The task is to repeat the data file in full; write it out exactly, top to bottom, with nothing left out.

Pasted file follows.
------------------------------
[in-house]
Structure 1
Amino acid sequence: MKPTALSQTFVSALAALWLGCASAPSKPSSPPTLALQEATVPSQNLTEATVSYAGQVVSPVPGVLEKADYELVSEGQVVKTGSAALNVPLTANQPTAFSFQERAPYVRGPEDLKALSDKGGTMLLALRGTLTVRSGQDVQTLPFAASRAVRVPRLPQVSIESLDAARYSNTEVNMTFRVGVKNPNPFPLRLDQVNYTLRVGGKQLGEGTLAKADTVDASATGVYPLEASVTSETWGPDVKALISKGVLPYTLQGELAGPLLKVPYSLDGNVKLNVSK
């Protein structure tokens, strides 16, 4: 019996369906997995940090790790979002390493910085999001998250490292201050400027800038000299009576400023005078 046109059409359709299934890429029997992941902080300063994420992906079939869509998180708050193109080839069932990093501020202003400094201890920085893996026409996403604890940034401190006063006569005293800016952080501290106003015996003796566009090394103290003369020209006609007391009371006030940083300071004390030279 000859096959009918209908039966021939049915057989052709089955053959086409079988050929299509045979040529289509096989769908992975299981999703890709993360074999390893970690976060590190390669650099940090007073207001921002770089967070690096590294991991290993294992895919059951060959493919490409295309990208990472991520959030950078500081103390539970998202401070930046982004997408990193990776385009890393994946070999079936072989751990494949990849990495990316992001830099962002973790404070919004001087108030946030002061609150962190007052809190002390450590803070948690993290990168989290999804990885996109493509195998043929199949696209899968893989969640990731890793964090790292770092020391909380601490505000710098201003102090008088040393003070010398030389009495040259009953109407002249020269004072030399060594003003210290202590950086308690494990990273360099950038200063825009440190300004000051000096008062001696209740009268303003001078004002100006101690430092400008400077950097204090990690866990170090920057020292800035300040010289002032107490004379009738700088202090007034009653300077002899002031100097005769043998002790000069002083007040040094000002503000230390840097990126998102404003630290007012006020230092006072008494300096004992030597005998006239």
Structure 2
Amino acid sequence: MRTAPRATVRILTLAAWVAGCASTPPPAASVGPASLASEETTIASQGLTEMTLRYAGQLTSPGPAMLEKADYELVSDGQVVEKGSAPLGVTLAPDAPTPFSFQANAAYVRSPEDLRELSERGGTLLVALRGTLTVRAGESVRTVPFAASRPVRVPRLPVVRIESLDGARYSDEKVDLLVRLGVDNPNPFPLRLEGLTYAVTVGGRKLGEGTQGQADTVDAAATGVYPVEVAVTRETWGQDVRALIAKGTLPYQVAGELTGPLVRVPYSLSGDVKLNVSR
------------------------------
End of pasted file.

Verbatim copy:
[in-house]
Structure 1
Amino acid sequence: MKPTALSQTFVSALAALWLGCASAPSKPSSPPTLALQEATVPSQNLTEATVSYAGQVVSPVPGVLEKADYELVSEGQVVKTGSAALNVPLTANQPTAFSFQERAPYVRGPEDLKALSDKGGTMLLALRGTLTVRSGQDVQTLPFAASRAVRVPRLPQVSIESLDAARYSNTEVNMTFRVGVKNPNPFPLRLDQVNYTLRVGGKQLGEGTLAKADTVDASATGVYPLEASVTSETWGPDVKALISKGVLPYTLQGELAGPLLKVPYSLDGNVKLNVSK
């Protein structure tokens, strides 16, 4: 019996369906997995940090790790979002390493910085999001998250490292201050400027800038000299009576400023005078 046109059409359709299934890429029997992941902080300063994420992906079939869509998180708050193109080839069932990093501020202003400094201890920085893996026409996403604890940034401190006063006569005293800016952080501290106003015996003796566009090394103290003369020209006609007391009371006030940083300071004390030279 000859096959009918209908039966021939049915057989052709089955053959086409079988050929299509045979040529289509096989769908992975299981999703890709993360074999390893970690976060590190390669650099940090007073207001921002770089967070690096590294991991290993294992895919059951060959493919490409295309990208990472991520959030950078500081103390539970998202401070930046982004997408990193990776385009890393994946070999079936072989751990494949990849990495990316992001830099962002973790404070919004001087108030946030002061609150962190007052809190002390450590803070948690993290990168989290999804990885996109493509195998043929199949696209899968893989969640990731890793964090790292770092020391909380601490505000710098201003102090008088040393003070010398030389009495040259009953109407002249020269004072030399060594003003210290202590950086308690494990990273360099950038200063825009440190300004000051000096008062001696209740009268303003001078004002100006101690430092400008400077950097204090990690866990170090920057020292800035300040010289002032107490004379009738700088202090007034009653300077002899002031100097005769043998002790000069002083007040040094000002503000230390840097990126998102404003630290007012006020230092006072008494300096004992030597005998006239």
Structure 2
Amino acid sequence: MRTAPRATVRILTLAAWVAGCASTPPPAASVGPASLASEETTIASQGLTEMTLRYAGQLTSPGPAMLEKADYELVSDGQVVEKGSAPLGVTLAPDAPTPFSFQANAAYVRSPEDLRELSERGGTLLVALRGTLTVRAGESVRTVPFAASRPVRVPRLPVVRIESLDGARYSDEKVDLLVRLGVDNPNPFPLRLEGLTYAVTVGGRKLGEGTQGQADTVDAAATGVYPVEVAVTRETWGQDVRALIAKGTLPYQVAGELTGPLVRVPYSLSGDVKLNVSR